So now Congress has launched a bidding war to see who can propose the largest subsidies to help elderly Americans afford prescription drugs under Medicare. If only our elected officials would take a look at existing laws on the books, they might notice that one already holds the potential to make pharmaceuticals significantly more affordable for all Americans and to reduce the inflated costs for these proposed subsidies.
It is called the Bayh-Dole Act. Unfortunately, no one is enforcing it.
Bayh-Dole is a provision of U.S. patent law that states that practically any new drug invented wholly or in part with federal funds will be made available to the public at a reasonable price. If it is not, then the government can insist that the drug be licensed to more reasonable manufacturers, and, if refused, license it to third parties that will make the drug available at a reasonable cost.
The idea behind Bayh-Dole is to protect taxpayers' investment in drug research and development. After all, the American public pumps more than $20 billion a year in taxpayers funds into health-related research and development, making it the single largest investor in the pharmaceutical industry. These dollars have led to the development of numerous new drugs.
Consider cancer research, for example. As of 1997, 54 of 84 anti-cancer drugs approved by the Food and Drug Administration were the products of federal funding. The percentage is even higher with respect to AIDS drugs developed with federal funds. The pharmaceutical giants make profits averaging three times the rate of any major industry -- spending twice as much or more on advertising and marketing as they claim they spend on research.
Meanwhile, prescription drug costs continue to soar at a rate of 19 percent per year. We've already paid for the cost of research. Why, then, aren't we seeing lower drug prices?
The federal government is supposed to manage the public's investment in the pharmaceutical industry, but it doesn't. Although Bayh-Dole has been in place for 20 years, the government has never enforced it -- not even once. That, despite the AIDS crisis at home and abroad, despite the millions of elderly and chronically ill Americans in need of affordable prescription drugs and the 40 million others who have no health insurance coverage whatever -- and despite the general hand-wringing over the skyrocketing costs of pharmaceuticals.
Why is the federal government such an irresponsible investor of public funds? First, the government agencies responsible for implementing Bayh-Dole either do not understand the law or are reluctant to exercise their responsibilities. In particular, the National Institutes of Health prefers to avoid pricing issues and to remain within the loftier realms of research. Some of NIH's repeated public statements over the years indicate an astonishing and continuing ignorance of the Bayh-Dole provisions.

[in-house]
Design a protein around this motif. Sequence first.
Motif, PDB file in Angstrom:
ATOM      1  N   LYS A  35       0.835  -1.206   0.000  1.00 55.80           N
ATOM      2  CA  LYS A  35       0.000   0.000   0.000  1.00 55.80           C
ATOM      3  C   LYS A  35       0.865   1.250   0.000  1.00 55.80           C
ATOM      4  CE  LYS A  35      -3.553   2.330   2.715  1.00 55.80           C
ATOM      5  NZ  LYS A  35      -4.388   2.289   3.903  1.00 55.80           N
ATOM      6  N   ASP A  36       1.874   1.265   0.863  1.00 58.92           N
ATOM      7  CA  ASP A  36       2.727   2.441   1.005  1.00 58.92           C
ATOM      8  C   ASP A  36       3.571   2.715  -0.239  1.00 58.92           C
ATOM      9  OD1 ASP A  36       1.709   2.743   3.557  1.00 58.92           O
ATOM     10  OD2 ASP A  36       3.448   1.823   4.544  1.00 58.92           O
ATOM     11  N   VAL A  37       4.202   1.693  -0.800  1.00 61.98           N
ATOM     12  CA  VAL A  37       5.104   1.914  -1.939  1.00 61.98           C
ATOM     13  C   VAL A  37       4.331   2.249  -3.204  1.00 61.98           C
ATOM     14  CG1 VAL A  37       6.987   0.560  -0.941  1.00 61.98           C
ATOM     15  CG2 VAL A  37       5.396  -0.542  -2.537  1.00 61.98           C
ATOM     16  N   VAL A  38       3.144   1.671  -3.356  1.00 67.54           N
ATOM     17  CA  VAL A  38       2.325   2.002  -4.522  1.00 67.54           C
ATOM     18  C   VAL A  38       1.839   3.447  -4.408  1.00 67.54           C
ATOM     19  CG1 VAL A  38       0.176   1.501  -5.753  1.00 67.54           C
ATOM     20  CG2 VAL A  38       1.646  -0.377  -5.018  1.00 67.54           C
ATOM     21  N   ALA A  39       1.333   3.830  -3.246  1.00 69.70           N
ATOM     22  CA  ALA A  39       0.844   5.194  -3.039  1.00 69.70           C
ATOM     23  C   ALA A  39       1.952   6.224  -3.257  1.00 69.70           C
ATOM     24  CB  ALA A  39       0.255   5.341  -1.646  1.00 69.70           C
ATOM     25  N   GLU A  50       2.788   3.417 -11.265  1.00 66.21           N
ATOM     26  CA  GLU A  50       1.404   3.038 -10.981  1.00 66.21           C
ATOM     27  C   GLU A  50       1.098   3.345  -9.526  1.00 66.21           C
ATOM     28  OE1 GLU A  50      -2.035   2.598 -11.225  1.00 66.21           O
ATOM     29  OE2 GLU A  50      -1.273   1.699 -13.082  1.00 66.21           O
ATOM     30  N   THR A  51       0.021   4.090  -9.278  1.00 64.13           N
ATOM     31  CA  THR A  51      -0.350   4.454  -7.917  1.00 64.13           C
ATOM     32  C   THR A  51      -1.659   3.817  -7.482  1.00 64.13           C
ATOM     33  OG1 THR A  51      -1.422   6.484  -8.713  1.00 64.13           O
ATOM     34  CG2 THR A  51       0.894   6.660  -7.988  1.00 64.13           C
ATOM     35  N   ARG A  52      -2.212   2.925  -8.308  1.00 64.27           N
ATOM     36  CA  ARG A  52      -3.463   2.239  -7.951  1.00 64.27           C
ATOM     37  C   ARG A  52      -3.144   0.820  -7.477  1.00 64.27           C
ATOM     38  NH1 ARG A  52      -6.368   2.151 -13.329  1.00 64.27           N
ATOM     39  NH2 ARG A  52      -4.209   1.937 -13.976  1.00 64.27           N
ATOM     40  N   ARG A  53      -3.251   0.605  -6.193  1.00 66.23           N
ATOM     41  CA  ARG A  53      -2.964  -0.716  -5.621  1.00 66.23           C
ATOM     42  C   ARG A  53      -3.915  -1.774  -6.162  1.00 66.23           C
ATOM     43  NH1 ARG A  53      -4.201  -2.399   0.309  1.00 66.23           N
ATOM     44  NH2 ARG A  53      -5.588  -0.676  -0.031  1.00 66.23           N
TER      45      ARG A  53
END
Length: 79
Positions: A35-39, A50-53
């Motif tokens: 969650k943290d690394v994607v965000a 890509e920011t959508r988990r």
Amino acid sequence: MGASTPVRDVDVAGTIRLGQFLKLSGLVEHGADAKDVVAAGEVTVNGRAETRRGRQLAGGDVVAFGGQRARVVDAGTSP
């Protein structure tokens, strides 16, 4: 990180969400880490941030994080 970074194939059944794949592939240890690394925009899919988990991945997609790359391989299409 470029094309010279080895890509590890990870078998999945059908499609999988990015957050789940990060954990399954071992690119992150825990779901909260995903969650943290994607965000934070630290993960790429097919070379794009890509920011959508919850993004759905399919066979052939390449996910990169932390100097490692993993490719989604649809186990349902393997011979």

Second, there has been no leadership on this issue. Since its enactment, Bayh-Dole has never been publicly discussed by any administration. Small wonder that the law has been so grossly misunderstood by government bureaucrats. The recent stem-cell patents came from government research. Government labs should have the right to use those patents for free, but the government has not even insisted that they be subject to the law. Instead, the Bush administration used its Bayh-Dole leverage behind the scenes for short-term political goals, getting the patent owners to agree to antiabortion restrictions on stem cells in exchange for dropping the rights to intervene. As a result, we may end up paying again for use of these patents.
Third, the drug companies have successfully cast Bayh-Dole as an anticompetitive price-control measure that they claim will strangle new R & D. But Bayh-Dole is not about price control. It is about ensuring that pharmaceutical manufacturers live up to their bargain with the public when they accept the public's money. The pharmaceutical manufacturers say federal funding is critical to the development of new drugs. This may be true. But they can't have it both ways. If the drug companies want the public to invest in their research, they must provide the agreed-upon return on investment in the form of reasonable prices.
All Americans deserve relief from the high costs of prescription drugs. The federal government has the means to help them without spending another dime of taxpayer money. Bayh-Dole should be enforced.
Peter Arno is a professor of epidemiology and social medicine at the Montefiore Medical Center, Albert Einstein College of Medicine, Bronx, N.Y. Michael Davis is a professor of law at Cleveland State University in Ohio.